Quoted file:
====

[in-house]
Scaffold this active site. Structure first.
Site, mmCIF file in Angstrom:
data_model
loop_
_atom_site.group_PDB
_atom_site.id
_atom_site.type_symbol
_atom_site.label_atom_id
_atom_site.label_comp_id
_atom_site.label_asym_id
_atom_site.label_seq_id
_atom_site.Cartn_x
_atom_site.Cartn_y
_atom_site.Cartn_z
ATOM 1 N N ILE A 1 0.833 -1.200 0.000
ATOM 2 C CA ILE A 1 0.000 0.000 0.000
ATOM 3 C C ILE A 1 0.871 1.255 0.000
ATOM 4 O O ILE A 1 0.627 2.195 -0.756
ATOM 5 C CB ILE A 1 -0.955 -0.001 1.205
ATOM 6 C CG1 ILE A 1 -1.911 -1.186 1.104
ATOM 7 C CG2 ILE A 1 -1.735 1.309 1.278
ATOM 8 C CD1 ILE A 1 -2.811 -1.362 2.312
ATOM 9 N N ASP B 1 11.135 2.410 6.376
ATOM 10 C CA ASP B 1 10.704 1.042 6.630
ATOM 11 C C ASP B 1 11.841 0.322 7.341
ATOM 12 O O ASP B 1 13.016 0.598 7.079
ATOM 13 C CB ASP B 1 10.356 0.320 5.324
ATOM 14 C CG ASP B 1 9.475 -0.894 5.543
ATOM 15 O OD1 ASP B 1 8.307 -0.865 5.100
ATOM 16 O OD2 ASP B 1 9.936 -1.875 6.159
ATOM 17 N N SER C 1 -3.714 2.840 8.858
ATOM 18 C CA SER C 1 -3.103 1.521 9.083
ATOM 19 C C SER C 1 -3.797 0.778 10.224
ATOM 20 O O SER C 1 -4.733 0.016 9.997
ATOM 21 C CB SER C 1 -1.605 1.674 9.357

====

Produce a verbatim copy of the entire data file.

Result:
[in-house]
Scaffold this active site. Structure first.
Site, mmCIF file in Angstrom:
data_model
loop_
_atom_site.group_PDB
_atom_site.id
_atom_site.type_symbol
_atom_site.label_atom_id
_atom_site.label_comp_id
_atom_site.label_asym_id
_atom_site.label_seq_id
_atom_site.Cartn_x
_atom_site.Cartn_y
_atom_site.Cartn_z
ATOM 1 N N ILE A 1 0.833 -1.200 0.000
ATOM 2 C CA ILE A 1 0.000 0.000 0.000
ATOM 3 C C ILE A 1 0.871 1.255 0.000
ATOM 4 O O ILE A 1 0.627 2.195 -0.756
ATOM 5 C CB ILE A 1 -0.955 -0.001 1.205
ATOM 6 C CG1 ILE A 1 -1.911 -1.186 1.104
ATOM 7 C CG2 ILE A 1 -1.735 1.309 1.278
ATOM 8 C CD1 ILE A 1 -2.811 -1.362 2.312
ATOM 9 N N ASP B 1 11.135 2.410 6.376
ATOM 10 C CA ASP B 1 10.704 1.042 6.630
ATOM 11 C C ASP B 1 11.841 0.322 7.341
ATOM 12 O O ASP B 1 13.016 0.598 7.079
ATOM 13 C CB ASP B 1 10.356 0.320 5.324
ATOM 14 C CG ASP B 1 9.475 -0.894 5.543
ATOM 15 O OD1 ASP B 1 8.307 -0.865 5.100
ATOM 16 O OD2 ASP B 1 9.936 -1.875 6.159
ATOM 17 N N SER C 1 -3.714 2.840 8.858
ATOM 18 C CA SER C 1 -3.103 1.521 9.083
ATOM 19 C C SER C 1 -3.797 0.778 10.224
ATOM 20 O O SER C 1 -4.733 0.016 9.997
ATOM 21 C CB SER C 1 -1.605 1.674 9.357